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PPS looks to solve its bus driver shortages through higher pay, other recruitment incentives

Peoria Public Schools transportation director Josh Collins says they would like to have between 70 and 80 bus drivers for the next school year as District 150 returns to a two-bell daily schedule. Collins says they currently have around 55 drivers.
Peoria Public Schools Transportation Department
Peoria Public Schools transportation director Josh Collins says the district would like to have between 70 and 80 bus drivers for the next school year as District 150 returns to a two-bell daily schedule. Collins says there are currently around 55 drivers.

Josh Collins believes Peoria Public Schools could use as many as 25 additional bus drivers heading into the next school year.

Collins, District 150’s transportation director, said the return to a two-bell daily schedule and the recently approved modified calendar will require more than the district's current 55 bus drivers.

“We'd like to get to 80,” said Collins. “That would cover any routes that we will have for next year. We're anticipating somewhere around 66-ish routes; it's hard to say this early in front of the school year. But 80 would give us enough drivers for that and then any absenteeism or anything that may occur, give us all the padding that we need. At a minimum, I'd like to see us somewhere around 70.”

The District 150 school board recently improved a pay raise for all bus drivers, with the entry level starting rate now at $20 an hour. They also doubled the sign-on bonus to $1,000. Collins said the increases were necessary to stay viable in the job market.

“As the wages here locally continued to increase because of the competition for employees, we realized that we were still behind,” he said, noting the previous base rate was $17.44 per hour. “We were below the national average for school bus drivers and below where we needed to be able to recruit. So in order to maintain competitiveness, we decided we needed to go at least to $20. That's a pretty good wage for folks that are wanting to get into school bus driving.”

Collins said even before the onset of the COVID-19 pandemic, the district had started to address increasing turnover through a concerted effort toward driver retention, with more employee incentives and appreciation events.

“We realized that just continuously bringing people in, training them and then losing them was not cost-effective. It's not doing anything; it's not helping us build better employees, and it's not beneficial for anyone,” he said.

Other incentives being offered to existing employees include a $500 bonus for recruiting a new driver, and a $1,000 transfer bonus for current transportation monitors who wish to become drivers.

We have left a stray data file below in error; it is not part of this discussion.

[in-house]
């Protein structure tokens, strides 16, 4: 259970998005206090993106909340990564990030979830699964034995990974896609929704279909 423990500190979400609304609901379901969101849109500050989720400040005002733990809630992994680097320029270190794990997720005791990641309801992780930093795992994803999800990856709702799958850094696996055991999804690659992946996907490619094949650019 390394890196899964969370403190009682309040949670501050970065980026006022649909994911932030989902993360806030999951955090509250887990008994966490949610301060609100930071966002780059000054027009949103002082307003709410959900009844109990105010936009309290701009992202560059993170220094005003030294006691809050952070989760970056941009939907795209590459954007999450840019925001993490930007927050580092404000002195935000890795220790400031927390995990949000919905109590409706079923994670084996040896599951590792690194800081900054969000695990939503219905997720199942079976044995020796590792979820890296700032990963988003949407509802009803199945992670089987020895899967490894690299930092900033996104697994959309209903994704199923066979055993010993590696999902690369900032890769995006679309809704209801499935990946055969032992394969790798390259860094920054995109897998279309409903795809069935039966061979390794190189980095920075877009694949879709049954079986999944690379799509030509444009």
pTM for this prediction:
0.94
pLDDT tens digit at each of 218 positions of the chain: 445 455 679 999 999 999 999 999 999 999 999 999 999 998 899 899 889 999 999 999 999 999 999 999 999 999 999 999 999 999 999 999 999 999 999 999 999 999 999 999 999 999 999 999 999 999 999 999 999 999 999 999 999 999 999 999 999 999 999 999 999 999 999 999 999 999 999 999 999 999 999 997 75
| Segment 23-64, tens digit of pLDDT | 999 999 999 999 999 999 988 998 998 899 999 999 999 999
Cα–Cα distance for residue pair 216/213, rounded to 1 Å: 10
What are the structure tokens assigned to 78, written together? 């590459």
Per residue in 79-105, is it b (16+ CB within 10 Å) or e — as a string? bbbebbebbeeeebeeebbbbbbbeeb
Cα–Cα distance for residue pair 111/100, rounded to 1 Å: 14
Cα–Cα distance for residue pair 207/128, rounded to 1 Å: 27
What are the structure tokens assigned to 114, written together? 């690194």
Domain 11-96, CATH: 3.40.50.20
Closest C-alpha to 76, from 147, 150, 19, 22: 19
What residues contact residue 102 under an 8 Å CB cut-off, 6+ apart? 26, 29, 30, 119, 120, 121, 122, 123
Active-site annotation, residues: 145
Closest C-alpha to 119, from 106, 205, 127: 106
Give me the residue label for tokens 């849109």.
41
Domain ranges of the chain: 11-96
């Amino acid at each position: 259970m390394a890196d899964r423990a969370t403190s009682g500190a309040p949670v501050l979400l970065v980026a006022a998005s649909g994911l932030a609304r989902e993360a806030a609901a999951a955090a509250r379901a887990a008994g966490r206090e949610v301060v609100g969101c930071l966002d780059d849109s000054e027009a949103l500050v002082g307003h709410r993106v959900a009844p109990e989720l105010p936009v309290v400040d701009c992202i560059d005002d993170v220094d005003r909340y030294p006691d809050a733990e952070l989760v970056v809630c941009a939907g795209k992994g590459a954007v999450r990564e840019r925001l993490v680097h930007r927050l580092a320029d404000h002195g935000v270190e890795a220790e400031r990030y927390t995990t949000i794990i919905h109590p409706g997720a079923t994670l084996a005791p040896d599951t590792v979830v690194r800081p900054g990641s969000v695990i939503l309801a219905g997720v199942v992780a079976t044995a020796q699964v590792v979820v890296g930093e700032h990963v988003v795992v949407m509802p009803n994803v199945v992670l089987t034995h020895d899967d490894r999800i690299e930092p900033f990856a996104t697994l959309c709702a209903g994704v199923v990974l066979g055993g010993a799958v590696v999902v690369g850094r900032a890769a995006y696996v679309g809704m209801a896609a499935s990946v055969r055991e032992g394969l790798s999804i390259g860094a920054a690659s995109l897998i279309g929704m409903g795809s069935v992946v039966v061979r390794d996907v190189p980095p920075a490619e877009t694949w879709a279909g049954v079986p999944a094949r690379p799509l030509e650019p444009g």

Collins said PPS is really competing more with other industries for entry-level workers than it is with other school districts seeking drivers, because his department has a notable advantage.

“You don't have to have prior experience to come to us,” said Collins. “For a lot of districts, you're responsible for getting your own permits and things like that. We actually take an individual with a Class D license, bring them in the door, we start training and paying them as an employee, and we take them through the entire process for obtaining all of the licenses and permits that they need. So it's a little bit different than what surrounding districts do, but what that does is that allows us to actually hire more folks.”

Collins said being a school bus driver can be very rewarding, especially through the interaction with the students. But he said the struggle to attract drivers is not unique to District 150.

“Not only are we experiencing a nationwide labor shortage, but in addition to that, we're experiencing a nationwide school bus driver shortage. So Peoria Public Schools is not alone here,” he said.

Apart from the need for more drivers, Collins said the return to the two-bell schedule shouldn’t have any adverse effects on the transportation department.

“In certain aspects, it becomes a little bit easier for the drivers because they don't have as many kids,” he said. “But the routes tend to be slightly longer with the two-bell schedule because we have a little bit more time between the bells to run the routes. So that's going to be the biggest differences, the need for more drivers and also the arrangement on how we do routes. For us, the biggest impact is just our logistics.”

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Contact Joe at jdeacon@ilstu.edu.